By the end of the trip, pieces of me began appearing, like a puzzle I was assembling myself. I felt my memory being gathered; everything that made me up—every memory, language, and circumstances that shaped me into the person I am today—was plugged back into my being. I opened my eyes. I was back, the room was filled with bright lights once again, but I felt more at ease.

A few minutes later, I went to the lab’s bathroom. As I washed my hands, I lifted my head and saw the words I Am You carved into the top right corner of the mirror. I smiled.

***

CHRISTOPHORUS CEDENUS: Autocrat. Author of The Last Poem of Schetzzer & Odium. Man of Action. www.facebook.com/ChristophorusCedenus.

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Do you have a story you’d like us to consider for online publication in the Thursdaze flash fiction series? Here are the submission terms and guidelines:

—We are not offering payment, and are asking for first digital rights. The rights to the story revert to the author immediately upon publication.
—Your submission should never have been published elsewhere.
—Your story should feature a drug, any drug, and your character’s experience with it. We’ll consider everything from caffeine to opium, and look forward to stories ranging from casual use to addiction to recovery. Stylistically, we’ll respond most favorable to stories that capture the mood and rhythm of your drug of choice.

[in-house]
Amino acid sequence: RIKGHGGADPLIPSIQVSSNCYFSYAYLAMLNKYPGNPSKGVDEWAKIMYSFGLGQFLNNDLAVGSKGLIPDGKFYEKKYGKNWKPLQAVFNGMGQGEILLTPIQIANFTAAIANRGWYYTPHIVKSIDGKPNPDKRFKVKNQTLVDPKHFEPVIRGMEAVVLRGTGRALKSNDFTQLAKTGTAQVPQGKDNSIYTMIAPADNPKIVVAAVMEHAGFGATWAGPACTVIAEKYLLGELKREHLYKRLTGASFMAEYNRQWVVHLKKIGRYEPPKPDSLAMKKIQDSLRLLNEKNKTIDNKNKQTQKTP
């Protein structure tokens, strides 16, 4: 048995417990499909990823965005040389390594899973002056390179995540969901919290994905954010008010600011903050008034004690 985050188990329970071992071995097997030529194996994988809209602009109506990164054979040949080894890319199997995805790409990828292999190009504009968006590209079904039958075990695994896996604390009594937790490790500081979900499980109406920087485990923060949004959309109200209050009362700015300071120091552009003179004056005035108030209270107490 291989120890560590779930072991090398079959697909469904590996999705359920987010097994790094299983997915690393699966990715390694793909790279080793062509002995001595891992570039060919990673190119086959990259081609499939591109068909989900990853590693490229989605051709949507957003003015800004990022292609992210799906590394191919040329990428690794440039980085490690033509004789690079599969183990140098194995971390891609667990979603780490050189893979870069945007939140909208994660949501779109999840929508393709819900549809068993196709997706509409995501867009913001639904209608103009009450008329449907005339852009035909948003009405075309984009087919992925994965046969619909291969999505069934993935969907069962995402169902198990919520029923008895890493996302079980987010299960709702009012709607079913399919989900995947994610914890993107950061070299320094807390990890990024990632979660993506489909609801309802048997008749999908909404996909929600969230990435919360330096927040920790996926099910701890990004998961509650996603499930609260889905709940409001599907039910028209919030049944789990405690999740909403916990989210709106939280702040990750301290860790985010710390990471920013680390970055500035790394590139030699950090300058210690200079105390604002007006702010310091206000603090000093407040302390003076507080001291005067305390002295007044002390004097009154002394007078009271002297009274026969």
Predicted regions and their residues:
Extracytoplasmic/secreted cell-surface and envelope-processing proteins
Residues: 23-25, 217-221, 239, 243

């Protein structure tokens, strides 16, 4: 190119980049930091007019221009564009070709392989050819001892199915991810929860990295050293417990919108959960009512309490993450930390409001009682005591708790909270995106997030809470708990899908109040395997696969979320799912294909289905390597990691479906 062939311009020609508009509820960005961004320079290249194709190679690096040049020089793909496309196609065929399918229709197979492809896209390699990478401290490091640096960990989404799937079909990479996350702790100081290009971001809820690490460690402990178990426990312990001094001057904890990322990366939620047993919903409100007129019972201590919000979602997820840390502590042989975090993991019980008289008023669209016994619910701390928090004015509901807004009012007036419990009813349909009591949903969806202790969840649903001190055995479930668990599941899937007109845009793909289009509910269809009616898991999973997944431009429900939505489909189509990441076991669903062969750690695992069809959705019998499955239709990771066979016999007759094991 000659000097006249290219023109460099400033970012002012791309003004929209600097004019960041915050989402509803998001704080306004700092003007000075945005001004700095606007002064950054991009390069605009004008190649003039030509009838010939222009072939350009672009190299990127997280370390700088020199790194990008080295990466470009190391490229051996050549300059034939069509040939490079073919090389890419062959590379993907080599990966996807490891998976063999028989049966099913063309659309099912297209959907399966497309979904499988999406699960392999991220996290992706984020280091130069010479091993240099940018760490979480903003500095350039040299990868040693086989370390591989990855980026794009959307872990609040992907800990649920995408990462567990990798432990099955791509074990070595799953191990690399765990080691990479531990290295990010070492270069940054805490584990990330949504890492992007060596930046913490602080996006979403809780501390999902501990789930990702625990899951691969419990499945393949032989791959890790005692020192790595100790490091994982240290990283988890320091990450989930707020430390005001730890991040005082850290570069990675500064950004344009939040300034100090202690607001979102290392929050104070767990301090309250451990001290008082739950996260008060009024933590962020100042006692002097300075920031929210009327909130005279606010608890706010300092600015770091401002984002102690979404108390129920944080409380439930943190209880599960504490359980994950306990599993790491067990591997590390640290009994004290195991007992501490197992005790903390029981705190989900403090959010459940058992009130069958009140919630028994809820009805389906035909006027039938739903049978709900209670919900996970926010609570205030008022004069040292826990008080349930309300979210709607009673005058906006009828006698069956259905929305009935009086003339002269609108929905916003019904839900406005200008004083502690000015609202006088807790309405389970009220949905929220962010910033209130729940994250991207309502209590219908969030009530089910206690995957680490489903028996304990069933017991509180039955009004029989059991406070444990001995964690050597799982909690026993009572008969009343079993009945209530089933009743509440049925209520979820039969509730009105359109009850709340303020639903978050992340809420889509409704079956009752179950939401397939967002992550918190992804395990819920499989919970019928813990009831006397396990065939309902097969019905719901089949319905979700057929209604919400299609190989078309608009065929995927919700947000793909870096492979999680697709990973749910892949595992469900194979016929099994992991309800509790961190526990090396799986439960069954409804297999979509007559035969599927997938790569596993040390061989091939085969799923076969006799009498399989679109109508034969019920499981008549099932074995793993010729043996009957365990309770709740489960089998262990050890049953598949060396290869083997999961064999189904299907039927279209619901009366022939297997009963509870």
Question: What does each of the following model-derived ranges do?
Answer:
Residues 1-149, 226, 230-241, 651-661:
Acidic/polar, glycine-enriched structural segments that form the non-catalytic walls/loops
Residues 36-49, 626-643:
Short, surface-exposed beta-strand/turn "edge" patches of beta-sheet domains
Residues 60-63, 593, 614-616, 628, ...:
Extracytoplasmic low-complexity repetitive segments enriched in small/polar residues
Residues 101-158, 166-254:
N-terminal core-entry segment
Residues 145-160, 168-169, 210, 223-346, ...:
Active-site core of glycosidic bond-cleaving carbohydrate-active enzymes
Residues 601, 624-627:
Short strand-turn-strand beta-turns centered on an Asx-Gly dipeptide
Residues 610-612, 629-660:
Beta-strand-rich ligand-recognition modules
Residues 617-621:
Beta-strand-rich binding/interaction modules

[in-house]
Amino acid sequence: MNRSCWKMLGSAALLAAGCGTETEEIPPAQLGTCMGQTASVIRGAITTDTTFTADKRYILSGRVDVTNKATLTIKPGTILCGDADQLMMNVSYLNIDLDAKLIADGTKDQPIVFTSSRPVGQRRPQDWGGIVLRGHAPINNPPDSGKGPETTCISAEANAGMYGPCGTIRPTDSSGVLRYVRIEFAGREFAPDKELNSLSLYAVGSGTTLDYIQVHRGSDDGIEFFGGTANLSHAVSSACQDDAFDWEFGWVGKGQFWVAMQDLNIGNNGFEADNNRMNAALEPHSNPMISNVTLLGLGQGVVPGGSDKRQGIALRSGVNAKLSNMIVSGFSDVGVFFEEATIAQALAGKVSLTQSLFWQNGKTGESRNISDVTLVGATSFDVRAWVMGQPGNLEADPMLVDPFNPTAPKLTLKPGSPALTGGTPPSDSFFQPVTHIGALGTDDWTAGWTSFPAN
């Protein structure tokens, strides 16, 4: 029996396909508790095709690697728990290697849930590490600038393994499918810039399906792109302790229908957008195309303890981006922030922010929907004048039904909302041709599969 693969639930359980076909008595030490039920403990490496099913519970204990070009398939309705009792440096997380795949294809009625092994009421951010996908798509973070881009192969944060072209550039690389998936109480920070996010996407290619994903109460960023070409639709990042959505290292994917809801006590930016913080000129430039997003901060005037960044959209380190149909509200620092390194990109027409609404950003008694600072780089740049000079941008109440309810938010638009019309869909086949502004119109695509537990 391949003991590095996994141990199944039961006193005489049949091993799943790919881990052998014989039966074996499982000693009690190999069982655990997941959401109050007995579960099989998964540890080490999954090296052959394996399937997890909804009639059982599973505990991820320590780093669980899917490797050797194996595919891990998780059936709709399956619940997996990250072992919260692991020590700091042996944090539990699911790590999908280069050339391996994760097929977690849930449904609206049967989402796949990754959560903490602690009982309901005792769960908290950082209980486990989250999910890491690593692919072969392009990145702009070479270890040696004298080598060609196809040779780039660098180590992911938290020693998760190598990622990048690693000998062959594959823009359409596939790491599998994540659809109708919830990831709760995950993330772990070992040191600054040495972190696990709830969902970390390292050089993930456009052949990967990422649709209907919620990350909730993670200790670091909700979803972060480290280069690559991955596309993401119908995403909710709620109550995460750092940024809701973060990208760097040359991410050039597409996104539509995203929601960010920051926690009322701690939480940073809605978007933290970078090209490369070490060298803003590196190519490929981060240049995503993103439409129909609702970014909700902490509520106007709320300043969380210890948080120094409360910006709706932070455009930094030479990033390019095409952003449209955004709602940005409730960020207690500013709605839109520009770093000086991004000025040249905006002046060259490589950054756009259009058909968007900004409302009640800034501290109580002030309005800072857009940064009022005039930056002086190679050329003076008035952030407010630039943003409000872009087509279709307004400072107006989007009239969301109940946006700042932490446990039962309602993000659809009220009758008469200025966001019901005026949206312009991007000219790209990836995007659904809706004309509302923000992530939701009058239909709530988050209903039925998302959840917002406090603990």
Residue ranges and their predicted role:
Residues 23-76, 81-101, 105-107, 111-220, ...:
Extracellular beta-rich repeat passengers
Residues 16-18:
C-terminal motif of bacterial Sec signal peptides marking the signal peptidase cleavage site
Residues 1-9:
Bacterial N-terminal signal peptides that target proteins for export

—Include your drug of choice next to your byline.
—Your story should not exceed 750 words.
—E-mail your submission [email protected], and include THURSDAZE in the subject line. Please paste the story into the body of the email, and also attach it as a PDF file.

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About the Drug Chronicles Series: Inspired by the ongoing international success of the city-based Akashic Noir Series, Akashic created the Drug Chronicles Series. The anthologies in the series feature original short stories from acclaimed authors, each of whom focuses on their fictional experience with the title drug. Current releases in the series include The Speed Chronicles (Sherman Alexie, William T. Vollmann, Megan Abbott, James Franco, Beth Lisick, Tao Lin, etc.), The Cocaine Chronicles (Lee Child, Laura Lippman, etc.), The Heroin Chronicles (Eric Bogosian, Jerry StahlLydia Lunch, etc.), and The Marijuana Chronicles (Joyce Carol Oates, Lee Child, Linda Yablonsky, etc.).

Posted: Mar 19, 2015